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The Return To Grace Of Turkish Cinema
© Matthieu Darras
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Cannes Grand Prix winner in 2003 with Uzak, Nuri Bilge Ceylan has since then appeared as the most renowned Turkish director on the international level. However his films occupy a marginal economic position in the Turkish cinema industry. They have been – and still are – low-budget independent productions, seeking their funding from abroad. The author of Iklimler deliberately makes use of eccentricity financially speaking in order to ensure his artistic integrity. More generally, during the last five years, the success of Ceylan and fellow directors such as Demirkubuz, Ustaoglu and Arslan on the festival circuit has been merely a secondary phenomenon alongside the return to grace of the mainstream national cinema. 


Turkish cinema is, in fact, by no means lacking in financial resources. In any case at least, it now generates much more money than in it used to. In 2005, Turkish films constituted 7 of the top 10 domestic box office hits, and held a market share of close to 40%. That year also saw the completion of 27 full-length Turkish film productions. Undeniably, the industry is performing better than it was before. However, this general good health has little impact on independent filmmakers. In fact it is evident that the growth in the number of productions, within the context of media integration, is not necessarily favourable to artistic innovation. Amongst the big box office successes, many are conceived by and for television channels, and this is all too often reflected in their aesthetic tendencies. One example of this trend, if an unusual one, is the controversial Valley of the Wolves: Iraq (Kurtlar Vadisi – Irak), an adaptation of a popular television series. With the biggest budget in the history of Turkish cinema, this melodrama/revenge-story set during the Iraq war was made according to the conventions of more down-market Hollywood fare. Using the weapons of the enemy for an anti-American pamphlet; now there’s something interesting... But should we be smiling about the fact that this film from Serdar Akar attracted an audience of over 5 million in 2006?

There are, however, several better quality mainstream films. Sure, the comical stories of Kurdish actor Yilmaz Erdogan lack tautness, but they at least have the merit of being relevant to today’s society - such as Magic Carpet Ride - or of approaching the recent, troubled history of the country with the spirit of unity in mind - as in Vizontele Tuuba. This is no small thing for a nation which is always trying to bury the hatchet and accept its minorities (ethnic, political etc.) in all their diversity. The story of a librarian exiled to a village near Diyarbakir (which doesn’t have a library), Vizontele Tuuba depicts a community divided between innocuous revolutionaries on the one side and foolish supporters of the right on the other, on the eve of the military coup of 1980. In summary, a Pagnol-style Anatolian comedy.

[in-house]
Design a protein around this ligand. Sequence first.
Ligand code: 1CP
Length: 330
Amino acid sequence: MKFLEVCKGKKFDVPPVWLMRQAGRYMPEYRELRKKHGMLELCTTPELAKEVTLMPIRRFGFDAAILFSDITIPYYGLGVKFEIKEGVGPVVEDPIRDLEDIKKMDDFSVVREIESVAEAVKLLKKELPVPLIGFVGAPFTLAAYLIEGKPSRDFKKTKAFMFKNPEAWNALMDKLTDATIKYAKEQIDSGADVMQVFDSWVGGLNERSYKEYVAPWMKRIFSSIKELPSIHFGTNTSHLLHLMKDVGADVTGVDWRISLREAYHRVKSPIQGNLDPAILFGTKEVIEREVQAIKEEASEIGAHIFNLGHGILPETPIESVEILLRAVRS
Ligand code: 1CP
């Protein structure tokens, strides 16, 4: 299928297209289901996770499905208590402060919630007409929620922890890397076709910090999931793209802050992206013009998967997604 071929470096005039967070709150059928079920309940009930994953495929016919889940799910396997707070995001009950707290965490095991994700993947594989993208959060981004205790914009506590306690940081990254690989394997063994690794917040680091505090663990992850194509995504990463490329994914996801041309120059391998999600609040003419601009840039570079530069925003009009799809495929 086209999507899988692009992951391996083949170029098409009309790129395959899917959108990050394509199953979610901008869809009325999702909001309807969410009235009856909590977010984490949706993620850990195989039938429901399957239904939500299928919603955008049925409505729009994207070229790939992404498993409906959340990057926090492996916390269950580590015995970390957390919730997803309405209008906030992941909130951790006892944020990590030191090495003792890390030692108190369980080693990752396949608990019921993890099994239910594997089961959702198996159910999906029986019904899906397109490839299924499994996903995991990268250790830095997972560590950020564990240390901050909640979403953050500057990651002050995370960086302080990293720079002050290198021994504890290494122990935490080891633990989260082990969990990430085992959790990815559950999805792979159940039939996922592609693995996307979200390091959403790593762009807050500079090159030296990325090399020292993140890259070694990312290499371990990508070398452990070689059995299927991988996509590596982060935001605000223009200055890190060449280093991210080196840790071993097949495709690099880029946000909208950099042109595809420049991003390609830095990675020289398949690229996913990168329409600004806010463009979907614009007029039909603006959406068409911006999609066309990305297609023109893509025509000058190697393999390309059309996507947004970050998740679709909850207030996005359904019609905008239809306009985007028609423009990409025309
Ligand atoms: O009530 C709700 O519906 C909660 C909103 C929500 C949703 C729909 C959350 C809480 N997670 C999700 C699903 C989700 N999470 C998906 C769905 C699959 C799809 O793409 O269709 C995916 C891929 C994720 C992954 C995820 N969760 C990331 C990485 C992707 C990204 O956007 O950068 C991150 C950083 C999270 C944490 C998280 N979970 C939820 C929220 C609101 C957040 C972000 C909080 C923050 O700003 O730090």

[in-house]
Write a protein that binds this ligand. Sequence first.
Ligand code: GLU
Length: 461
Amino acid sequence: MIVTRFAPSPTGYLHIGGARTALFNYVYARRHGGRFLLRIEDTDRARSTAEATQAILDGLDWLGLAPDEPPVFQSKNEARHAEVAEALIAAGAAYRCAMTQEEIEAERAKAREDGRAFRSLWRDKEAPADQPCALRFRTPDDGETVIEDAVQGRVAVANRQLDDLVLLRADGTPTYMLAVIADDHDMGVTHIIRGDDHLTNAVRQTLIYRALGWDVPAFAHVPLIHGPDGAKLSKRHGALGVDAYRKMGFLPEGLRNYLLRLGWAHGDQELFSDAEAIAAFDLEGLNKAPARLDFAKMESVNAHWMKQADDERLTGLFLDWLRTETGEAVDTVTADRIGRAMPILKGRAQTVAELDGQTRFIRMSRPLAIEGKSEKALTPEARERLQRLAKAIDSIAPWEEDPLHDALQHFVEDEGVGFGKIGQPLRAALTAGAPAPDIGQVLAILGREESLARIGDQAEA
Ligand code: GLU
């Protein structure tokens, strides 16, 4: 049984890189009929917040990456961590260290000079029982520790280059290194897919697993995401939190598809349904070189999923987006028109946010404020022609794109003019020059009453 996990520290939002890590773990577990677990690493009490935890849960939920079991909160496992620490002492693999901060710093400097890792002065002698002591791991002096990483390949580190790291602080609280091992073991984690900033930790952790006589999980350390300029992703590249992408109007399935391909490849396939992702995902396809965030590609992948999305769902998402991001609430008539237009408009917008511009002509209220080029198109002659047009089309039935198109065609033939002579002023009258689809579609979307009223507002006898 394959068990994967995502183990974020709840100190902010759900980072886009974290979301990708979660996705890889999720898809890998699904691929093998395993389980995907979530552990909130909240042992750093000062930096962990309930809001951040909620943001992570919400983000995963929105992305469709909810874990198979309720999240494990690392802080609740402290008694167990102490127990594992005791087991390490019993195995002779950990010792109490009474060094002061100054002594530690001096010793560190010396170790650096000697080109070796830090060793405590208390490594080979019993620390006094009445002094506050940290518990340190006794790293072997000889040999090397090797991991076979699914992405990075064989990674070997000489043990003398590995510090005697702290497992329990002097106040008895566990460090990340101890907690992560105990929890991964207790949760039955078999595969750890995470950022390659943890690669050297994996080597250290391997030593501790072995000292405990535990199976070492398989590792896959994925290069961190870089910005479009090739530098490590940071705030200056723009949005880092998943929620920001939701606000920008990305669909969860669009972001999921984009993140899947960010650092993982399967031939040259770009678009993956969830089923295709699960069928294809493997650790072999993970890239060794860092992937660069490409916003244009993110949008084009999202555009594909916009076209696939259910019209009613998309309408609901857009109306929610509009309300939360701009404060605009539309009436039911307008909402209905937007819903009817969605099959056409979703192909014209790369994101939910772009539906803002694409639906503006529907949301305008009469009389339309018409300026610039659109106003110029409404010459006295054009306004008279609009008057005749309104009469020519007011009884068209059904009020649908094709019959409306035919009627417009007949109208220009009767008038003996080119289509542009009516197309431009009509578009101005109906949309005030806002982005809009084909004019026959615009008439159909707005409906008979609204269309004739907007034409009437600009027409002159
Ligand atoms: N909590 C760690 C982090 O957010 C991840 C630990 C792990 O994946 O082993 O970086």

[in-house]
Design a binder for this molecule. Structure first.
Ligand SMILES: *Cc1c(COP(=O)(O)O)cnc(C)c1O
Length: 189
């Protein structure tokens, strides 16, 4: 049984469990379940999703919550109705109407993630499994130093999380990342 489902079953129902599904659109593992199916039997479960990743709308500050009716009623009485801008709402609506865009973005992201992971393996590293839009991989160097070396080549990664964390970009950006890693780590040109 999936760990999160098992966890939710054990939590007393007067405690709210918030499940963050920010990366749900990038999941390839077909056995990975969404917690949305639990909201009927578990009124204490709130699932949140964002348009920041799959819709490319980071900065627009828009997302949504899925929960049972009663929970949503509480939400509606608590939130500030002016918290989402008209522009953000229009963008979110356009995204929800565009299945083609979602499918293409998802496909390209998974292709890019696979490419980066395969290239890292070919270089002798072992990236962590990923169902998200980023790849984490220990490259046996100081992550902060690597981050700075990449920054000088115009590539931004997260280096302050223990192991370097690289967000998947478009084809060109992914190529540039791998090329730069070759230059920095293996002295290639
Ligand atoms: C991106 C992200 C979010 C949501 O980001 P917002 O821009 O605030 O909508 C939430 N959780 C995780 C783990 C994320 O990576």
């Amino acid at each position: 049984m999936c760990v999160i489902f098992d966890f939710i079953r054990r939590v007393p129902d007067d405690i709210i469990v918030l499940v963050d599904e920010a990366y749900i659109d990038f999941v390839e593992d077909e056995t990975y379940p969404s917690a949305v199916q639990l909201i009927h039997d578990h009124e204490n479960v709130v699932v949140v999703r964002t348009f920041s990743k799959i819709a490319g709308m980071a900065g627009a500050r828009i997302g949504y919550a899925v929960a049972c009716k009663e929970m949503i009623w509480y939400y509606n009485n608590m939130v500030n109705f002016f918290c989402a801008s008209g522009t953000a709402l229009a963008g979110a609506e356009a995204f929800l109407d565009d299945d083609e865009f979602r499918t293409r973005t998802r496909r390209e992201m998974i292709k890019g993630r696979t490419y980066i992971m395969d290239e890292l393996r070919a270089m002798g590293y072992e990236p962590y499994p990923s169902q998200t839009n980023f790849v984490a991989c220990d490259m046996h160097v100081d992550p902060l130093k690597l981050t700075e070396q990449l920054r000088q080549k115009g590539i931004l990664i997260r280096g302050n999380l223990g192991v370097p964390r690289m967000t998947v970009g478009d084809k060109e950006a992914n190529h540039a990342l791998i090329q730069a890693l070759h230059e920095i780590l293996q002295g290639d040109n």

At the other end of the country, the same events overwhelm the lives of ordinary people, dividing even families. Political militant Sadik loses his wife the very same morning of the coup d’etat, due to the roads and hospitals being completely deserted when she goes into labour. Seven years later, he returns to his parents’ home in the Agean countryside, notably to see his father, with whom relations have been distant ever since he refused to take over the family farm. Sadik wants to them to take his young son into their care, as he is struggling to bring him up alone. Presented at the festival of Istanbul in April 2006, My Father and My Son (Babam ve oğlum) is a highly effective melodrama which combines themes of intergenerational conflict and collective national memories of a tragic nature. Confident in his own work, Cağan, the director, challenged audiences not to cry when watching the film. Impossible, as the crescendo of emotional tension and the audience’s identification with the characters work both subtly and fully. Often turning to the past, mainstream cinema easily falls into nostalgic territory. Such is the case in the farcical Why were Hacivat and Karagoz Murdered? (Hacivat Karagoz Neden Olduruldu?), a comical reflection on multiculturalism in Turkey which takes us all the way back to the 14th century, to a time when Bursa was the capital. Childhood memories of Anatolian directors’ native villages abound - and are often coloured by naive fantasies, such as Boats out of Watermelon Rinds (Karpuz Kabu undan gemiler yapmak) by Ahmet Ulucay or The Waterfall (Sellale) by Semir Arslanyurek. Nevertheless, filmmakers do also make forays into contemporary urban life. For example, the narrative of the dramatic comedy Gonul Yarasi spans the parallel lives of three individuals in modern-day Istanbul, linked by the theme of violence against women. Şener Şen puts in an exemplary performance as a teacher who leaves his pupils for a priesthood in service of the Republic, but the film struggles to avoid the conventions of the genre. In addition - as always - the past is never far away. Yavuz Turgul, like many of his fellow filmmakers, is particularly keen on the use of flashback techniques.